From: The Way of the Cross
Who does not understand this second station of the cross? Who is it that cannot feel the depth of the emotional anguish that goes with it? In fact, who has not lived through it themselves in some way, somehow in life? After all, the unpredictable burdens of life are part and parcel of being alive. Difficulties are everywhere and at every level of existence: The relationship ends, the friends go, the success goes to someone else, the illness comes on quickly and fells us without warning.
Clearly, there are some things we simply cannot avoid. These things disappoint us, of course. They bear down on our lives in very real ways. They change us, sometimes for life. They try us to the very marrow of our souls and they are not to be dismissed lightly. No doubt about it: It takes courage to carry them well. It is one thing when the tribulations of life come from our own hands. But when we ourselves did nothing deliberate to bring them on, the sting is even worse.
The truth is that there are two distinct kinds of crosses. The first comes to us out of nowhere, without warning, not at our own hand, just one of the circumstances of life. The second kind of cross we make for ourselves. Inadvertently, perhaps, but consciously nevertheless.
What ought not be part of life, however, is the cross that comes from the hand of another determined to oppress and designed to kill spirit or body or both.
Having preached the world of the Beatitudes in a world of violence, having healed the hopeless, questioned the system, opened his arms to the outcasts and challenged the world to live differently so that life would be different for everyone everywhere, the cost of it all in jealousy, resentment, anger and ill will comes quickly. It is this burden of malice that is the cross Jesus reaches out to take hold of here. This is the cross he did not want but was willing to accept so that the world might see another way to be alive.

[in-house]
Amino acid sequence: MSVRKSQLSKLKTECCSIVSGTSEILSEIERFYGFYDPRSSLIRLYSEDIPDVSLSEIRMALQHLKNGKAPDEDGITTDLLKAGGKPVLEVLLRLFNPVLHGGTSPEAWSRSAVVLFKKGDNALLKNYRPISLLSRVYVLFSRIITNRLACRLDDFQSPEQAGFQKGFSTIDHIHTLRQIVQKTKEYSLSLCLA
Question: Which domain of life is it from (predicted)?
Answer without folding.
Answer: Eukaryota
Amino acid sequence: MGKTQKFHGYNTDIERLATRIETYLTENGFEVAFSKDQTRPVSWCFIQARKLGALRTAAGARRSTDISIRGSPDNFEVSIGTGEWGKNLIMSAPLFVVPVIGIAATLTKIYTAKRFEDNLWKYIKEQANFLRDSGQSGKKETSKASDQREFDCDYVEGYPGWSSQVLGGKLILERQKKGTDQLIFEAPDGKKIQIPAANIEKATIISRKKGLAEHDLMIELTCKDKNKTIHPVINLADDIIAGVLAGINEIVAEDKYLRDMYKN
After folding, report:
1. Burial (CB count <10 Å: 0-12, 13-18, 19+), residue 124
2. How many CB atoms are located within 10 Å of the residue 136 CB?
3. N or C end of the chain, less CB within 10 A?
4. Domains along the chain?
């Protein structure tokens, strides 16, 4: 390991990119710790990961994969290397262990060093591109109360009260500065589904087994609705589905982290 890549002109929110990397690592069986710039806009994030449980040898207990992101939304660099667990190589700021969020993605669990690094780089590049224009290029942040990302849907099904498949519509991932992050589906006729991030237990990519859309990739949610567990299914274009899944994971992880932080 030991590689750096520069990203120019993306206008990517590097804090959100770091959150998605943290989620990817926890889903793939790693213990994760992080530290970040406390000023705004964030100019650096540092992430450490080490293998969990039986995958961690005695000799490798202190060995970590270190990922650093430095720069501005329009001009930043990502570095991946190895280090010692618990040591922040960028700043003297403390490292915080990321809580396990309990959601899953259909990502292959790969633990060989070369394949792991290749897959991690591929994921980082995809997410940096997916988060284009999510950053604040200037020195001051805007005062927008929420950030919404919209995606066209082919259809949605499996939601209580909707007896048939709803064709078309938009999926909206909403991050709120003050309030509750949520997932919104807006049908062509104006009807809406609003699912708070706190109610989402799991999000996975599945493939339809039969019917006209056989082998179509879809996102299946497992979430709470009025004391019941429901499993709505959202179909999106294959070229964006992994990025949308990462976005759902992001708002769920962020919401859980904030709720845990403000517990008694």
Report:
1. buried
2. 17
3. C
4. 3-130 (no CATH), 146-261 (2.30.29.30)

This station asks us all a very direct question: For what would you be willing to risk your life? What crosses do you yourself take on, knowing the risk, understanding the cost and being committed to the consequences? The call of the second station is no small mission. It requires us to live life consciously, to know what’s going on around us, to take some kind of responsibility, however small, for the welfare of others, for justice in the part of the universe we call our homes, our country, our world.
This station calls for involvement in life. It calls us to leave the isolation of spiritual narcissism that treats the spiritual life as some sort of personal comfort zone designed to protect us from the world we live in. It requires us to make the journey from Galilee to Jerusalem ourselves, healing the sick, raising the dead and bringing the Gospel to a world long dead of soul.
What we see in Jesus in the second station is a striking challenge: The second station of the cross teaches us that commitment costs. To choose one path in life from another is to choose its consequences.
Real commitment implies that, like Jesus, we carry the burdens of our choices in bad times as well as good, on difficult days as well as easy ones, in the face of opposition as well as at times of great public or popular support.
We pay the price of being true to ourselves, of doing what must be done when doing what could be done would be so much easier. When Jesus took up the cross, all hope for a miraculous end to an impossible situation was over, both for him and for us. The tariff of truth told in behalf of justice is often pain.
The question with which the second station confronts us is a dangerous one: Having begun a good thing, will I pay the price to bring it to fulfillment? It’s so easy to talk of great virtue, so simple to begin a thing. It’s seeing it through the questions and criticisms and doubts and despair that really counts.
In this second station, we see a critically conscious Jesus embrace a cross unbearably beautiful for its meaning, unbearably bleak for its pain.
The very act of accepting a cross for the sake of another gives rise in us to the best of ourselves. In that act, the heart of Jesus awakens in us and we become new of soul again. It is the moment in which we rise from the grave of a world that long ago gave up the ideal in favor of the pragmatic, the just in favor of the profitable.
The very impulse to choose the best over the comfortable or the secure is sign that the resurrection has begun in us. Every action of Jesus to stretch the vision of Israel – the choice of the menstruating woman over the dictates of the law, the choice of the children over the prestigious adults, the choice of the Roman soldier over the officials of his own system – made him more and more an enemy of the system. But it also made him more and more clearly a sign of the presence of God on Earth, so will it do the same in us.